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The 563d Aviation Support Battalion's
Off-Post Training Exercise

The 563d Aviation Support Battalion provided logistics support for the 159th Combat Aviation Brigade during a predeployment training event.

The 159th Combat Aviation Brigade (CAB) conducted an off-post training exercise (OPT) near Fort Bliss, Texas, from 29 September through 18 November 2010. The primary focus of the exercise was to ensure that the brigade was ready for its deployment to Afghanistan in 2011. Over 1,300 Soldiers from the "Thunder Brigade" participated in this exercise.

The battalions' training rotations lasted approx-imately 20 days each, with a relief in place/transfer of authority (RIP/TOA) conducted at the end of each rotation. In addition to 2,600 Soldiers deploying from Fort Campbell, Kentucky, 53 of the brigade's aircraft self-deployed to Fort Bliss, 230 pieces of rolling equipment were line-hauled there, and 159 vehicles were drawn from the Fort Bliss left-behind equipment and prepare-to-deploy equipment yards. At the end of the exercise, the brigade was ready to conduct combat operations in Afghanistan.

The support battalion for this exercise was the 563d Aviation Support Battalion (ASB), the 159th CAB's support battalion.

Spartan Field Kitchen
A CH–47 Chinook helicopter approaches an AH–1 Cobra helicopter that will be sling-loaded out of the Fort Bliss, Texas, training area by 563d Aviation Support Battalion Soldiers.

Establishing the Exercise

Elements from the 563d ASB and the brigade torch party were the first Soldiers on the ground at Fort Bliss to begin the exercise on 29 September.

The torch party's focus was to coordinate with the Fort Bliss contracting office, establish the initial life-support locations, and build the brigade's footprint. The 563d ASB's missions were to establish operations for all classes of supply and ensure that Fort Bliss had the appropriate Department of the Army Form 1687, Notice of Delegation of Authority–Receipt for Supplies, and funds centers for the General Fund Enterprise Business System.

Within 3 days, all of the accounts were established and support agreements were in place to welcome the brigade's advance party (ADVON). The 563d ADVON was tasked with establishing a forward arming and refueling point (FARP), an ammunition transfer and holding point (ATHP), a brigade retransmission site, and a class I (subsistence) site for the containerized kitchen.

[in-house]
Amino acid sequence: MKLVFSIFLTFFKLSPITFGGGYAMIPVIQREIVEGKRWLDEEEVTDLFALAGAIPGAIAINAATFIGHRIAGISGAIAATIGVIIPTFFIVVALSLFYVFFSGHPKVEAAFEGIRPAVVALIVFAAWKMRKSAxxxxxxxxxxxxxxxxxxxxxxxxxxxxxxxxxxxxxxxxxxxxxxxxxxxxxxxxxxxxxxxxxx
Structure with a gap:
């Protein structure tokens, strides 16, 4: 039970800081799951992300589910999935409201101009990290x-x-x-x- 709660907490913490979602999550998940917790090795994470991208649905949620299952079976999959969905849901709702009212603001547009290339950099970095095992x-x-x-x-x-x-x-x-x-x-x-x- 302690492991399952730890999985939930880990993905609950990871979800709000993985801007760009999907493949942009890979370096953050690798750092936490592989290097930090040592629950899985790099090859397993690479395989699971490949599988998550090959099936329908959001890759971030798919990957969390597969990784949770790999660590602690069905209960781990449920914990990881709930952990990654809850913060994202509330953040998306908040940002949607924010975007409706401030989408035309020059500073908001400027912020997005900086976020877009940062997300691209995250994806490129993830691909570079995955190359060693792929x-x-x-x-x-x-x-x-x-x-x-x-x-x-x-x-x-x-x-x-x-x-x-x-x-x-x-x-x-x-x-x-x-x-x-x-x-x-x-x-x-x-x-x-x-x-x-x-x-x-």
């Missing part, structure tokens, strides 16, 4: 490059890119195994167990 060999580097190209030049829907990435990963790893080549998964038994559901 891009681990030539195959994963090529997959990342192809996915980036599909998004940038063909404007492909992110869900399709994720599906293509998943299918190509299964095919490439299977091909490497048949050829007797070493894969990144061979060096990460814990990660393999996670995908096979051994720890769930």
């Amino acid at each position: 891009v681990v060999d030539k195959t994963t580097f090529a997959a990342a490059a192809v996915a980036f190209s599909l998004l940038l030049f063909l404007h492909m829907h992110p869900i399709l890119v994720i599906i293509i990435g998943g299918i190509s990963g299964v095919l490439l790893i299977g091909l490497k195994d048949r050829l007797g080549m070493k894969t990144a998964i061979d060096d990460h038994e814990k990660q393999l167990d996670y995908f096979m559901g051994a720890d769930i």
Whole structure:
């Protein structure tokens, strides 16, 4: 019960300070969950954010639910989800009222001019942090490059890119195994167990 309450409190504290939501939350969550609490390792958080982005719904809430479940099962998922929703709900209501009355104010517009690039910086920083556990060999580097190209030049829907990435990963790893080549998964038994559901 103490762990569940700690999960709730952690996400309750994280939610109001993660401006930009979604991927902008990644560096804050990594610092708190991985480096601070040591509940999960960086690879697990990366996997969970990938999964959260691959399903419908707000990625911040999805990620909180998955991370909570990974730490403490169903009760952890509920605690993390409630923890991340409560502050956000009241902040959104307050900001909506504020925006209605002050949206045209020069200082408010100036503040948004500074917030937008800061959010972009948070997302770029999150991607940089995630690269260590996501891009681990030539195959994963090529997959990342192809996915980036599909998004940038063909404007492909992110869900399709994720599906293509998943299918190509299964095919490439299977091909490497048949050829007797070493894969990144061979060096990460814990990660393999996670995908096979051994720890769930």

The ADVON worked feverishly for 2 days to establish all of the support areas and ensure that they were ready for the main body to arrive on 6 October. When the main body arrived, it went through the reception, staging, onward movement, and integration process and quickly went into the fight.

Task Force Fighting

Key to sustaining the fight and momentum of the operation were the FARP and ATHP operated by the Soldiers of the 563d ASB, also called "Task Force Fighting." In addition to manning the FARP and ATHP, Task Force Fighting conducted daily runs to the Fort Bliss installation supply support activity (SSA) to pick up both air and ground class IX (repair parts). The Soldiers also performed numerous ground recovery operations of the brigade's equipment, supervised the brigade aid station, and ran fuel samples to Holloman Air Force Base in New Mexico.

Task Force Fighting provided communication support through the Joint Network Node (JNN) and battalion Command Post Nodes (CPNs), provided both aviation unit-level maintenance (AVUM) and aviation intermediate-level maintenance (AVIM), conducted tactical logistics convoys in support of the FARP and ATHP, and delivered ammunition to the individual ranges. The 563d ASB ensured that no mission was dropped and that the brigade was fully supported in all training events.

The 563d ASB's Headquarters Support Company (HSC) "Renegades" provided the mission command for the battalion and were responsible for the maintenance and recovery of the brigade's ground fleet. Twelve ground recovery operations had to be performed during the OPT. Other maintenance tasks performed included replacing a transfer case on an M978 heavy expanded-mobility tactical truck (HEMTT) and numerous brake repairs on M969 5,000-gallon semitrailers and M149 water trailers.